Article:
For the first time fiber-optic broadband Internet is more popular than cable, although most of the growth is taking place overseas, says a new report from British research firm Point Topic. According to the company, nearly double the amount of customers registered with fiber-optic Internet services than with cable providers—4.2 million customers versus 2.5 million customers in the first fiscal quarter of 2008. Unsurprisingly, the majority of the new subscribers are in Asia, the fastest-growing region of Internet users in the


Nearly half of the new fiber-optic Internet subscribers are in China. Two and a half million new customers signed up within the last quarter, bringing the total to 16.7 million fiber-optic Internet customers.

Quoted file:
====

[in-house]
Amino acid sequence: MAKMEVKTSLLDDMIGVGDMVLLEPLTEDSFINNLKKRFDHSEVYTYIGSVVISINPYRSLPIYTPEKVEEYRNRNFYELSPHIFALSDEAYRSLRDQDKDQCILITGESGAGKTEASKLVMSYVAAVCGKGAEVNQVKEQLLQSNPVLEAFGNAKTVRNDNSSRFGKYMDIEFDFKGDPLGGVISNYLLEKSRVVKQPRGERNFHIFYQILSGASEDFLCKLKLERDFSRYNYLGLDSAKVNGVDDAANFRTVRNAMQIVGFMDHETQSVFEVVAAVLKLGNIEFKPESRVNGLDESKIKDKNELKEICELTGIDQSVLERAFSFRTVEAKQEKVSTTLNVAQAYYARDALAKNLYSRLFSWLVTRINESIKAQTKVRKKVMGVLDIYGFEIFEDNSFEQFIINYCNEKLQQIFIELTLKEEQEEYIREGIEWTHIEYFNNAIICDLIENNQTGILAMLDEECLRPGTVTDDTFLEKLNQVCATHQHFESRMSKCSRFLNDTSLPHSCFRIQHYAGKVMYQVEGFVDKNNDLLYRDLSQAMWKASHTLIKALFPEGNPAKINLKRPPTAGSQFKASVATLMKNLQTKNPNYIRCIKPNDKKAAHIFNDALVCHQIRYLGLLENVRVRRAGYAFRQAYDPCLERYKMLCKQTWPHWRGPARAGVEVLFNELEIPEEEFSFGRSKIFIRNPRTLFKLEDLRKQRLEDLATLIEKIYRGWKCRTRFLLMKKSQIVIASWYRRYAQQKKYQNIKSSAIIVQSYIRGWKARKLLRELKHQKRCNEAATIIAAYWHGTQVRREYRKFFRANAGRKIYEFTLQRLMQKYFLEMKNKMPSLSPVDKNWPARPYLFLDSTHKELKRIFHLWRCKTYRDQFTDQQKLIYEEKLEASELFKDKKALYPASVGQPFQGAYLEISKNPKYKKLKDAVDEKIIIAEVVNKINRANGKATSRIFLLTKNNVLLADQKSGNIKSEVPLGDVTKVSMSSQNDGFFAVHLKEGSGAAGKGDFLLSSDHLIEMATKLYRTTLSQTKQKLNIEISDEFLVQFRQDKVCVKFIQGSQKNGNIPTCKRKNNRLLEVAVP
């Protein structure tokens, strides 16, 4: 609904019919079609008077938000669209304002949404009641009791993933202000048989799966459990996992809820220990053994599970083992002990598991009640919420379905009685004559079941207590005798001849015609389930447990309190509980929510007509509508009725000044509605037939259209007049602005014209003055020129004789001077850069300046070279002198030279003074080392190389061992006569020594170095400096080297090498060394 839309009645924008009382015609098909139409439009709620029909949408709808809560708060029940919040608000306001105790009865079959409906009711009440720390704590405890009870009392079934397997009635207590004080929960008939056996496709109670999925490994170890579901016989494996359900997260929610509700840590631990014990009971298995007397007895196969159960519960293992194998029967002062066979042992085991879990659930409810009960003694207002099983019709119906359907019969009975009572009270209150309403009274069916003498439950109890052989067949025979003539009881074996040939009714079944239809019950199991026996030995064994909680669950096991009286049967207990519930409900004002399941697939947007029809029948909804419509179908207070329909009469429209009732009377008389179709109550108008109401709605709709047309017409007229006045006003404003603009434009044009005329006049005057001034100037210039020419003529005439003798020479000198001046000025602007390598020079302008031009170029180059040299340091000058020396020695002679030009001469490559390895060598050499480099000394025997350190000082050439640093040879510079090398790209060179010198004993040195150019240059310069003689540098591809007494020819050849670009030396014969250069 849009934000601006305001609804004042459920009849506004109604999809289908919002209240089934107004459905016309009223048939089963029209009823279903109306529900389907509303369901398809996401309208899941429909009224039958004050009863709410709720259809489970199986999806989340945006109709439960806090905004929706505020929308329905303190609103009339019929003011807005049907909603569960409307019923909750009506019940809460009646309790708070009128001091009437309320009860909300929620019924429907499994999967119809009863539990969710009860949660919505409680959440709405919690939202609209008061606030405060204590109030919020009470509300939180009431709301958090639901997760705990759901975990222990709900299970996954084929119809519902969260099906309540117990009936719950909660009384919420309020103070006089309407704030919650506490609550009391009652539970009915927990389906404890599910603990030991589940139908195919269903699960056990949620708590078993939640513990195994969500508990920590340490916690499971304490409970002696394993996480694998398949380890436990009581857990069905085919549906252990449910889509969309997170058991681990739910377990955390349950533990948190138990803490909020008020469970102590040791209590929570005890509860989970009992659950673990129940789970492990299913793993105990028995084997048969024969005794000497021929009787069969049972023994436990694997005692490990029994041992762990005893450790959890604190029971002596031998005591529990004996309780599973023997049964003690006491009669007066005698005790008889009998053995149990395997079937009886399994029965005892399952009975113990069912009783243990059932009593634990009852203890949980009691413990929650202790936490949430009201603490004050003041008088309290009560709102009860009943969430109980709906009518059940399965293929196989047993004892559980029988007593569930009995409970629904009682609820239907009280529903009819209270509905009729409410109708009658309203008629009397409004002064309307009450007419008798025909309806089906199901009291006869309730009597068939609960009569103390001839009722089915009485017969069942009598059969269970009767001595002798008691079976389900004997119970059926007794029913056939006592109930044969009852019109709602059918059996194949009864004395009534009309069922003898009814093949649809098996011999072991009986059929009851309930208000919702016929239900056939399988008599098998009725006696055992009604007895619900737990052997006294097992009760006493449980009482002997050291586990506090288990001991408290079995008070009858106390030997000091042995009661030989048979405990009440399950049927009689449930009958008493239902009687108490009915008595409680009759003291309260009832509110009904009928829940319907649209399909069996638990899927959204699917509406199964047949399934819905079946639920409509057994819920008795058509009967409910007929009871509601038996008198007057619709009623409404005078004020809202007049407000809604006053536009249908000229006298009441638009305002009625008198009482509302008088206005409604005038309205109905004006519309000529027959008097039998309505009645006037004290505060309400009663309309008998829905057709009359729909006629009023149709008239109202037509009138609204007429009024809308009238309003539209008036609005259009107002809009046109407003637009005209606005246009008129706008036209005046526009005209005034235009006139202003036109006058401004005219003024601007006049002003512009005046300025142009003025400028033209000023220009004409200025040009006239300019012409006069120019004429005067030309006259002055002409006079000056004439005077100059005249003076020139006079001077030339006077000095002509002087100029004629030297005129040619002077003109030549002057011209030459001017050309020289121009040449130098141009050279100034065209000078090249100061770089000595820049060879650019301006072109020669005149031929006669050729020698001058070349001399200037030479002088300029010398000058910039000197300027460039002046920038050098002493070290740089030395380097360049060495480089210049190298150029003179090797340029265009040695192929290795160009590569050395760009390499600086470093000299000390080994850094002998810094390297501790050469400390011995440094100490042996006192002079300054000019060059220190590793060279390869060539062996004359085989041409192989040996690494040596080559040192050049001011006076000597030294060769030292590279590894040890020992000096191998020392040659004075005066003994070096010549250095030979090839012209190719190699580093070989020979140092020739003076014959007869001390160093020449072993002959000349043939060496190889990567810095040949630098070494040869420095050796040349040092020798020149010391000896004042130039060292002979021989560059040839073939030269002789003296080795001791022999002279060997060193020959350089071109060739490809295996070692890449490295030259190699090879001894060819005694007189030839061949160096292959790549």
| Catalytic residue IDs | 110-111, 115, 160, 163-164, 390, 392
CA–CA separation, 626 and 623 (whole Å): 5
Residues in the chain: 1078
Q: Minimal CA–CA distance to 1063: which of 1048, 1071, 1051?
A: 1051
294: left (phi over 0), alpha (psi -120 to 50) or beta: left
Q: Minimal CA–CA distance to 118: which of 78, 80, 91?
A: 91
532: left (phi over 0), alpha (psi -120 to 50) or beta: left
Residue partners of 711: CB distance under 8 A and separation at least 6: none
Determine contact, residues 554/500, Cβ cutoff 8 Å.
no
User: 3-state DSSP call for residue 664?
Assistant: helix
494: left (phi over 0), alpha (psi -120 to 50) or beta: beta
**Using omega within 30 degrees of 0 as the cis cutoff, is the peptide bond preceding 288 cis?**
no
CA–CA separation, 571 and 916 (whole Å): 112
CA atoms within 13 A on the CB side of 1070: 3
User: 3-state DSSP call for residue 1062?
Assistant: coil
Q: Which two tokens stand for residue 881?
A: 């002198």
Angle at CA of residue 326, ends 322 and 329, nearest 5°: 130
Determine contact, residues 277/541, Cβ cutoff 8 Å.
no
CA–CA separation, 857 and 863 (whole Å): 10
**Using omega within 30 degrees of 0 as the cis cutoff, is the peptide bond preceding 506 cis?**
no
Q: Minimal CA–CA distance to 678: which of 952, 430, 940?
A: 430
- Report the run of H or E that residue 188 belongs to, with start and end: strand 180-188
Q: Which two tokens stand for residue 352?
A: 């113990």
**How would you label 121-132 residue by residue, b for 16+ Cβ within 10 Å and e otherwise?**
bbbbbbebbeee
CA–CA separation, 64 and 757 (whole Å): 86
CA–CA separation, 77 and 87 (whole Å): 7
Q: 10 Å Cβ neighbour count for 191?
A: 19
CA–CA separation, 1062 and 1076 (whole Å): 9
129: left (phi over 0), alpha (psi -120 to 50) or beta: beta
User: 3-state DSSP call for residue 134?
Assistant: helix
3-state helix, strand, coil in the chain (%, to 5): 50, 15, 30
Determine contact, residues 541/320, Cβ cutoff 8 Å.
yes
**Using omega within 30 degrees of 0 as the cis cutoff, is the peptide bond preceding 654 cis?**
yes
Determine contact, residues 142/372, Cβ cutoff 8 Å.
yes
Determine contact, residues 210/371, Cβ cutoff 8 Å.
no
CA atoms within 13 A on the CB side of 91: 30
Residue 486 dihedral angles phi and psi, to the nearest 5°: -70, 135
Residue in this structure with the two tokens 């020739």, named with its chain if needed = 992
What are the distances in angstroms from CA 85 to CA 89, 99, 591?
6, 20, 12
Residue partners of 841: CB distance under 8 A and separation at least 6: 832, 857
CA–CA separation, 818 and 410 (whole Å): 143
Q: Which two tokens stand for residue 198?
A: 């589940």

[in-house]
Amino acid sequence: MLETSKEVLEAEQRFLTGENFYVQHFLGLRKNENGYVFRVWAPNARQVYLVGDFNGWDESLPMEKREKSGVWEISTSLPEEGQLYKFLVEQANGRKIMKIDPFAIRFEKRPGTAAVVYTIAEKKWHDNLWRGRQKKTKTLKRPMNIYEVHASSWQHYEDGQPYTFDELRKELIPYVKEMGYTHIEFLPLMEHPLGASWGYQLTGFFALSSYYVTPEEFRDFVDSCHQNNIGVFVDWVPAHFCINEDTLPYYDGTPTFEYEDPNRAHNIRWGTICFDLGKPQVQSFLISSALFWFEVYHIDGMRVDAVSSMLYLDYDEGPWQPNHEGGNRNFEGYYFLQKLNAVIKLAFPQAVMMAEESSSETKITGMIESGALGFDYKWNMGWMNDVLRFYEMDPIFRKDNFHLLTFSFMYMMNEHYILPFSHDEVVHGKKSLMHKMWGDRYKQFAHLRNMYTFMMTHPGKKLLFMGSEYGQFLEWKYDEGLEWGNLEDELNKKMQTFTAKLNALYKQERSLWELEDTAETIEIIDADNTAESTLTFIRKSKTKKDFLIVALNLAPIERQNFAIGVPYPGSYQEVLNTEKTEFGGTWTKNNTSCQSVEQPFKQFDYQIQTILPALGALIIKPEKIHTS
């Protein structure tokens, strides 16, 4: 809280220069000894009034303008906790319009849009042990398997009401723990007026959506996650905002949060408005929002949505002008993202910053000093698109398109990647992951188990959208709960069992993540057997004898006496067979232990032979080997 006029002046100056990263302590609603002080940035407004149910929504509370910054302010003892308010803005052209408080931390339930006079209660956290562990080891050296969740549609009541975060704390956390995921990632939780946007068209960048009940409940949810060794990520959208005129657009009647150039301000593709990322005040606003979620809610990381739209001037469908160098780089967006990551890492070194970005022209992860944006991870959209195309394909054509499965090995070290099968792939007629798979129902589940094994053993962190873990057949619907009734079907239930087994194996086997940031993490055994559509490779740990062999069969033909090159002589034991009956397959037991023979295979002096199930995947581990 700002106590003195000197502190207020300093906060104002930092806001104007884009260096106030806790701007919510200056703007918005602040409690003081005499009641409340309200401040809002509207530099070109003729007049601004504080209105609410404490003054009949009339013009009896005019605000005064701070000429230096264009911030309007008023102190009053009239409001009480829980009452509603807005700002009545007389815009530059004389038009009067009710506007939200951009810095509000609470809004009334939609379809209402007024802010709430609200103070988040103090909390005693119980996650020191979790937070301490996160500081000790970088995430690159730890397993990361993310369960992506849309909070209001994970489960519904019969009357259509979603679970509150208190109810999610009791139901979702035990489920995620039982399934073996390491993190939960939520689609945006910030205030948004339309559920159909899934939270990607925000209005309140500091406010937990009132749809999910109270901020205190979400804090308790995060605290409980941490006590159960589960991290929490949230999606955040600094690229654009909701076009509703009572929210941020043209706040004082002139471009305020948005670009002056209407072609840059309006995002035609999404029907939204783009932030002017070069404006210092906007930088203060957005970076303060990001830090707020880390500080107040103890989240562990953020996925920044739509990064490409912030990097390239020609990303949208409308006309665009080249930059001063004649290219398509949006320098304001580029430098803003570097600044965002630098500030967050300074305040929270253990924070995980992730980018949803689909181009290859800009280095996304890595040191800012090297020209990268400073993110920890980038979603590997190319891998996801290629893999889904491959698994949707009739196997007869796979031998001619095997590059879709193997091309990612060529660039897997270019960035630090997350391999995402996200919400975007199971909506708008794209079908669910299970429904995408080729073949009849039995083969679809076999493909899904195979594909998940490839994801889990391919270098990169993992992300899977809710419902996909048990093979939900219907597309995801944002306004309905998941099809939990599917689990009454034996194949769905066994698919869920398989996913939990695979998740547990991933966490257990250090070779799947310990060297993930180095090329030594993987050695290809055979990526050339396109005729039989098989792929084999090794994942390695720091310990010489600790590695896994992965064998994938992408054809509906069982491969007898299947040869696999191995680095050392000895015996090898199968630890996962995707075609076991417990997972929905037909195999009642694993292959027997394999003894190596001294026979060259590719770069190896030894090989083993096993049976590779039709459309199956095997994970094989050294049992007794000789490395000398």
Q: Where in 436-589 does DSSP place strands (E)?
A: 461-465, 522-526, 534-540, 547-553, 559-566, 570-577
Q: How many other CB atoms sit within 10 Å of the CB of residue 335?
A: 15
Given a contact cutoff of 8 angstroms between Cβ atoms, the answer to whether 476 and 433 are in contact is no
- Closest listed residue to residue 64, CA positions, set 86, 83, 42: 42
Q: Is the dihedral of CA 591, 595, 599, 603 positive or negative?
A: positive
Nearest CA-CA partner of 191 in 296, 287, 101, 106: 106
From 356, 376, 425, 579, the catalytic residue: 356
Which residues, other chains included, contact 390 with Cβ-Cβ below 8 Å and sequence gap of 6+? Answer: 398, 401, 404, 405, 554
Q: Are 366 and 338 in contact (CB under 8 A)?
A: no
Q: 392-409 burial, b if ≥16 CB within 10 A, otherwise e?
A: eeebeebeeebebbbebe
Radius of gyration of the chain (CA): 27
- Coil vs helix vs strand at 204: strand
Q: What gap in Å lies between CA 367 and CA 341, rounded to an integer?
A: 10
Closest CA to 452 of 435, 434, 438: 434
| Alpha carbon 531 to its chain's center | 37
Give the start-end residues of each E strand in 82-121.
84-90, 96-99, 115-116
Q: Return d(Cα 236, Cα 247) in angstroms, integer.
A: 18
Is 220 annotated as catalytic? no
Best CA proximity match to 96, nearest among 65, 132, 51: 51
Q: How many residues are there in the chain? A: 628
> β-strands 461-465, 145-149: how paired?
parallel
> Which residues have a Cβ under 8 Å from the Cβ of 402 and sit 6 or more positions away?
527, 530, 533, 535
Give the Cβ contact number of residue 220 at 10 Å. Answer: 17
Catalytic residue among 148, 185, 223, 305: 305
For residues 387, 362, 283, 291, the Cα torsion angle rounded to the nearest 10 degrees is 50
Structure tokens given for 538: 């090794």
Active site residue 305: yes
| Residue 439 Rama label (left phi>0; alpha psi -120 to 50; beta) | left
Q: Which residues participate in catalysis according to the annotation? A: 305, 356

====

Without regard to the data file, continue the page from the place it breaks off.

Japan and Korea experienced the second and third-highest growth in fiber-optic Internet customers, and the United States is fourth.

It is not surprising that such a small growth (303,000 new fiber-optic customers) is taking place in the U.S. considering the business plan and expenses required to bring the service to American households.

Cable and DSL Internet services are much cheaper to build and connect to houses, and currently Verizon is the only communications company that is actively replacing its lines with fiber-optics cables.

Consequently, not only does Verizon have the overwhelming majority of fiber-optics customers in America, but those customers are also limited in regions, as Verizon’s network is predominant in certain parts of the country and not in others.

Considering the relatively new market, it is unclear whether such an expensive communications overhaul is worth it.

Cable and DSL continue to be the most popular means of connecting to the Internet in American and Western Europe, but if the fiber-optic mini-revolution in Asia proves to be successful, it will not be long until such a change starts sweeping across the U.S.